This observation is certainly borne out in the latest report issued this summer by market watcher Mintel. While modern design comes just seventh on the list of factors when buying cutlery, this has changed significantly from a similar survey conducted in 1995 when respondents put modern design 11th on their list of priorities. It was also clear that, as a reflection of our informal lifestyles, people are less interested nowadays in buying accessories for the basic place settings – the demand for such genteel delicacies as fish knives and pastry forks is in steep decline. As you might expect, the leading factors are that the cutlery should be for everyday use, it should be a reasonable price and made of stainless steel.

The survey revealed that more than half of © all sales are of stainless steel ware, with silver-plated goods at just 28 per cent. Solid silver is way below at 7 per cent, but this has increased on a couple of years ago, demonstrating that more people are prepared to invest in the truly upmarket products. Indeed, total cutlery sales between 1993 and 1998 have increased in value by over 10 per cent.

However, in general the predictions are not good – there are many factors conspiring against the cutlers. With fewer people getting married there are reduced opportunities for giving high-value canteens as gifts. More people are choosing to live alone, reducing demand for large sets, and cheap imports threaten the domestic producers. But, in addition to all this, the cutlers should look at themselves. It’s clear that more forward thinking is required and a closer understanding of changing lifestyles and new consumer needs. The industry doesn’t even advertise its wares.

According to Mintel, Arthur Price is the only brand owner to have made any advertising investment recently. But it’s clear from shining examples like David Mellor that the cutlers need to open their doors and allow in some new talent; a blast of good contemporary design should blow away some cobwebs and put the industry a little closer to the cutting edge.

The next generation

Darren Bowden

Darren Bowden might have been a chef – he’s passionate about food. However, after studying jewellery design and metalworking at Loughborough, he forged a fascination for metals. Now he combines his dual enthusiasms to make cutlery. “Food was certainly the main impetus to designing. I wanted to make cutlery that really enhanced what was on the plate and promoted the enjoyment of food. But it extended further. I wanted to make the table look more exciting. So much mainstream cutlery is really disappointing. There are so many missed opportunities; manufacturers could continue to use the same production techniques, but they really need some better designs.”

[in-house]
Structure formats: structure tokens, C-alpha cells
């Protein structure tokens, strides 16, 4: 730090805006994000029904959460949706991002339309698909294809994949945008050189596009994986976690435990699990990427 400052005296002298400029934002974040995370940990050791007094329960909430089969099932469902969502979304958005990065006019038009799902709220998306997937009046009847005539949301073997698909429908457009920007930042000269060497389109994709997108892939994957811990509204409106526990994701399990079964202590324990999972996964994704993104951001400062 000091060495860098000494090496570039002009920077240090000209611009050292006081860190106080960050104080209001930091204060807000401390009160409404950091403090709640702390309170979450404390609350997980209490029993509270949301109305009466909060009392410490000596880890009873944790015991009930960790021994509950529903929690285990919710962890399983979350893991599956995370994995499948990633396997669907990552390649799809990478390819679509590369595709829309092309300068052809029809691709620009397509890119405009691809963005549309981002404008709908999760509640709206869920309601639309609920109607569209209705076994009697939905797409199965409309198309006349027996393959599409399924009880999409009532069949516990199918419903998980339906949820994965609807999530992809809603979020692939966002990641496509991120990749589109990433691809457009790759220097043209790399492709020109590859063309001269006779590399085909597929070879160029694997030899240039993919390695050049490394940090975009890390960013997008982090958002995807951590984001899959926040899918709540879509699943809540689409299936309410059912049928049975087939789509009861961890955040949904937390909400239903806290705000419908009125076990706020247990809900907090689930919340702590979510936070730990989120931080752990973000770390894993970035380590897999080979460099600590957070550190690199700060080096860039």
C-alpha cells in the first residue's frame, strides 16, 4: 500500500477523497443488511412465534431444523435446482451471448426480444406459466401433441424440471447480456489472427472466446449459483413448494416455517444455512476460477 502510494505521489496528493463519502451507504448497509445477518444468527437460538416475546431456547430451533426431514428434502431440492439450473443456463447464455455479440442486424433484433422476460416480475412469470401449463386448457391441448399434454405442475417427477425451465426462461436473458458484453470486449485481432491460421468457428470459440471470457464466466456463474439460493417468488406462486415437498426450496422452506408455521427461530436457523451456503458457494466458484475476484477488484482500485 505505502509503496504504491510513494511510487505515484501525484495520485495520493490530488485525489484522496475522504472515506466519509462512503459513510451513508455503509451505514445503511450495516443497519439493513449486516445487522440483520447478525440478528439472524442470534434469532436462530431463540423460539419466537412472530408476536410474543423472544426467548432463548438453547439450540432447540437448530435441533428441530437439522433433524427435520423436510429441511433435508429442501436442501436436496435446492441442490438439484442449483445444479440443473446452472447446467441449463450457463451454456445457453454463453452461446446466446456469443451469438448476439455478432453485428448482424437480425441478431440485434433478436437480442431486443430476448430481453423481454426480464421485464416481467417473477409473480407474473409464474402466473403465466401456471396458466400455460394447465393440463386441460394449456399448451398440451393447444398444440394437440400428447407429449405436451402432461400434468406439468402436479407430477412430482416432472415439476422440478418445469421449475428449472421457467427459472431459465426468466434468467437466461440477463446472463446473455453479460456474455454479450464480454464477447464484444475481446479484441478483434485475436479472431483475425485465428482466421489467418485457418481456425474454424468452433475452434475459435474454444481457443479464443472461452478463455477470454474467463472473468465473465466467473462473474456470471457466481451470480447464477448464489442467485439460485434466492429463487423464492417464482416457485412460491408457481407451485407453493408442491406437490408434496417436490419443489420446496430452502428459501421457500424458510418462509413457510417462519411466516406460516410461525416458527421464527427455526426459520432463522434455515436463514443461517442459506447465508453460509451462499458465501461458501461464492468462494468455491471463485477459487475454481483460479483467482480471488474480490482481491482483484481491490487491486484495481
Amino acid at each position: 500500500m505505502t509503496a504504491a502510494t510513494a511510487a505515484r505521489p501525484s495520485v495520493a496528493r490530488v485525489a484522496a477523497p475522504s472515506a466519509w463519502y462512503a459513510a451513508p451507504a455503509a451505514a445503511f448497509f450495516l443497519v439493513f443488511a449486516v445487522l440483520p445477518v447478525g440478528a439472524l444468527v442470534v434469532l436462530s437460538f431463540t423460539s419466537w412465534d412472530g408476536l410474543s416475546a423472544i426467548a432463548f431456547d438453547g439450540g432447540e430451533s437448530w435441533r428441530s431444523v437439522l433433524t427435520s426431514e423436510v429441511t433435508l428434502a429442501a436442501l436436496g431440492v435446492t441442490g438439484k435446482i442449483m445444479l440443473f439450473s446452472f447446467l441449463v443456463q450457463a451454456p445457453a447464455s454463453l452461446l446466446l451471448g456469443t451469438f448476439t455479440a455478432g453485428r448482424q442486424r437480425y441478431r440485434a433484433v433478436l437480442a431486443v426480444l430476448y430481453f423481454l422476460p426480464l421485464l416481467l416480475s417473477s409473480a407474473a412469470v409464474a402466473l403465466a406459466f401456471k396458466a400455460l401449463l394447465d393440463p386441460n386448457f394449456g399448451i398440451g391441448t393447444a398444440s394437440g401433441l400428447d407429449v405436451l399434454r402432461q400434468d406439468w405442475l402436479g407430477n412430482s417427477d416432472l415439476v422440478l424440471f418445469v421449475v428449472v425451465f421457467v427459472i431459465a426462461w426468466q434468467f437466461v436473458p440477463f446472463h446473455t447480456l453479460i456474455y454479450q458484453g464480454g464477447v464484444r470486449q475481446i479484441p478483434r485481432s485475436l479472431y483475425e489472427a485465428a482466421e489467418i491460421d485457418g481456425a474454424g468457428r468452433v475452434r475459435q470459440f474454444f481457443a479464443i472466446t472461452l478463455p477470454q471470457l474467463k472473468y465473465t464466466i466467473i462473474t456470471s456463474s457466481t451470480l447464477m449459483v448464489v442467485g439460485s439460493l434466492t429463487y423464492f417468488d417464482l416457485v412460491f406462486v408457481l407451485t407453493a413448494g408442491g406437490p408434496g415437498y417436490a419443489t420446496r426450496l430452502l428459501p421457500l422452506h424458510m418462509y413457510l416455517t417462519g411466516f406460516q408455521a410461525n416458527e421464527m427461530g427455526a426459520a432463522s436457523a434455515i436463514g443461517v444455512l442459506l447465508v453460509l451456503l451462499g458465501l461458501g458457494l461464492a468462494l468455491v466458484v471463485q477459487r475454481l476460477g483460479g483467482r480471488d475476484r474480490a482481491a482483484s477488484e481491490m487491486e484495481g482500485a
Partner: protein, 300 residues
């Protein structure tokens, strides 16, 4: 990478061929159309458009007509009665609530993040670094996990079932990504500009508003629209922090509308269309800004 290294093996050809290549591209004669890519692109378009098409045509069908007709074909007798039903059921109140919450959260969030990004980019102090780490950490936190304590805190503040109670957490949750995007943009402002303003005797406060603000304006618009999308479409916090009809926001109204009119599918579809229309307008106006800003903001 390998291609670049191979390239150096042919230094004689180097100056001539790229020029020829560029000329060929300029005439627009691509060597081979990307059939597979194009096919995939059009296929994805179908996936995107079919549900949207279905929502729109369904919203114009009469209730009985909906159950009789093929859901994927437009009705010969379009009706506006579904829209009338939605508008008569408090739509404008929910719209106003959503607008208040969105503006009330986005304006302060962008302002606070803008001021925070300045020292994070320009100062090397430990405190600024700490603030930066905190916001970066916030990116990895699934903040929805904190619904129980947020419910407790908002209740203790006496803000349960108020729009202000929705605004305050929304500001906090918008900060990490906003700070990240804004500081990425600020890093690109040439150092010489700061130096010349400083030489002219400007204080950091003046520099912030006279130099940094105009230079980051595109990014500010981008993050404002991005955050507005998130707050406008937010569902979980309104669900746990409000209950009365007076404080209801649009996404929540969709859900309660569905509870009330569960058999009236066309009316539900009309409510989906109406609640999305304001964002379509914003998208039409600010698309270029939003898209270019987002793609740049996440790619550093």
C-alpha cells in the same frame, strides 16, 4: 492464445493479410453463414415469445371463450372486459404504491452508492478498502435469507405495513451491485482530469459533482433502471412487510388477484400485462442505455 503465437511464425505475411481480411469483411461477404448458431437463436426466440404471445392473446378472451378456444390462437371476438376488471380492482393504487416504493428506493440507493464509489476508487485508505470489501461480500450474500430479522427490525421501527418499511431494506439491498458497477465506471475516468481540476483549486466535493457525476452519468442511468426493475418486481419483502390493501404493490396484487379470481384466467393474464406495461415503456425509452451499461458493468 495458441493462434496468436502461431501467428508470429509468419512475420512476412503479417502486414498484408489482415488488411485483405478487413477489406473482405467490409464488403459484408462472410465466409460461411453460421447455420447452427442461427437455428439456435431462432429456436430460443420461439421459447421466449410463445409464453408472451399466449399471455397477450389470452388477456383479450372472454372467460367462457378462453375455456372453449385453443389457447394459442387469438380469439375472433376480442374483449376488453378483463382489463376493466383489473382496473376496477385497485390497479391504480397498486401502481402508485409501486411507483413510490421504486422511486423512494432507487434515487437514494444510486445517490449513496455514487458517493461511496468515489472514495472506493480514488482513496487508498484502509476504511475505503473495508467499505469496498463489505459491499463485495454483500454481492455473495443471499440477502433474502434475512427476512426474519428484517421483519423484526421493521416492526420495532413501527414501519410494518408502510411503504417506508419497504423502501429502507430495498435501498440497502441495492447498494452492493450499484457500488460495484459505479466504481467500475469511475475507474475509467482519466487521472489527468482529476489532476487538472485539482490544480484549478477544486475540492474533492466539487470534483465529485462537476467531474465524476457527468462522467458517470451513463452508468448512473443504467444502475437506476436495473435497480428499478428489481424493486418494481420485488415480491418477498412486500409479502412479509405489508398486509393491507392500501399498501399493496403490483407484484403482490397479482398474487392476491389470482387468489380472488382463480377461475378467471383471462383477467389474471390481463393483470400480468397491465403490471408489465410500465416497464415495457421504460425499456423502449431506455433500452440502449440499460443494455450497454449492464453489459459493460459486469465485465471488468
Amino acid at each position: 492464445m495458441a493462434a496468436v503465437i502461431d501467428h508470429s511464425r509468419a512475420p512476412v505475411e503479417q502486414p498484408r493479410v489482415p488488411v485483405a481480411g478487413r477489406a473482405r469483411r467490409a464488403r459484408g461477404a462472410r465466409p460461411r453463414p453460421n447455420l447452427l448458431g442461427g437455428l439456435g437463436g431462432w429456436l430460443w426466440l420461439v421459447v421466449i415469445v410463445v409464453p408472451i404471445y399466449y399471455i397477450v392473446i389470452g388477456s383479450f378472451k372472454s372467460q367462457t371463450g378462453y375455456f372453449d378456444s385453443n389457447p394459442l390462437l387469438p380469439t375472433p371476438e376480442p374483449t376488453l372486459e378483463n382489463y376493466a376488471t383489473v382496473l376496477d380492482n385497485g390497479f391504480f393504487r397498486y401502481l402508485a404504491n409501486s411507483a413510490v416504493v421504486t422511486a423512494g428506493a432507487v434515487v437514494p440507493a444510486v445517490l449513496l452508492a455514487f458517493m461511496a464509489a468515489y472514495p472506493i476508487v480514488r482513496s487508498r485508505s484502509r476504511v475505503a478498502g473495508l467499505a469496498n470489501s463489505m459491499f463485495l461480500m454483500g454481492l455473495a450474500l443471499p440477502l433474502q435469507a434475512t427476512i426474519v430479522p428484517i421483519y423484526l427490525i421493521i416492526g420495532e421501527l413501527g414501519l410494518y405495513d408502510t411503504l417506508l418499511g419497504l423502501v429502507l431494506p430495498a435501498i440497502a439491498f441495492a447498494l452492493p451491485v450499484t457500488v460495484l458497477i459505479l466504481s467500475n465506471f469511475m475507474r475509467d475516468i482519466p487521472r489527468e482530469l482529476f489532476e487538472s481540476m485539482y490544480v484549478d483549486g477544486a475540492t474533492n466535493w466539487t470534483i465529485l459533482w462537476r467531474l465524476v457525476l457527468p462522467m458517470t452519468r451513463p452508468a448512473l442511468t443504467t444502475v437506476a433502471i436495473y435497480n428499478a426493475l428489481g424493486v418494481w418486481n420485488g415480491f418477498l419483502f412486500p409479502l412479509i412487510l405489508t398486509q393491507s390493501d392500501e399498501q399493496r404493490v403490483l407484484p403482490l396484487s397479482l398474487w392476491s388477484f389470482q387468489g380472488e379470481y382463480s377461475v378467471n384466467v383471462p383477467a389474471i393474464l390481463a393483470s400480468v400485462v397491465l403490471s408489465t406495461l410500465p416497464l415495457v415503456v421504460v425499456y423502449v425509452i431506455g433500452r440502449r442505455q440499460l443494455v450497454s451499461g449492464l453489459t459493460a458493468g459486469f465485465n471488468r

When he graduated from the Royal College of Art this summer, he’d already completed the design and making of six cutlery sets. “I had the opportunity to complete my MA by project and one of those promoted by the college was based round domestic silverware. The challenge was to make the link between food and people, to make cutlery that was comfortable and practical and looked good. I started looking at the length and weight of pieces and then analysing cutlery’s contribution to the look of the table.”

His first design, called Braille, embeds clues in each piece to guide the user. “Each hand-forged silver piece contains a detail relating to its function. The fork, for example, has three raised dots on the handle, the spoon has a small concave indentation and, in the knife, where the blade enters the handle there is a long, shallow channel.”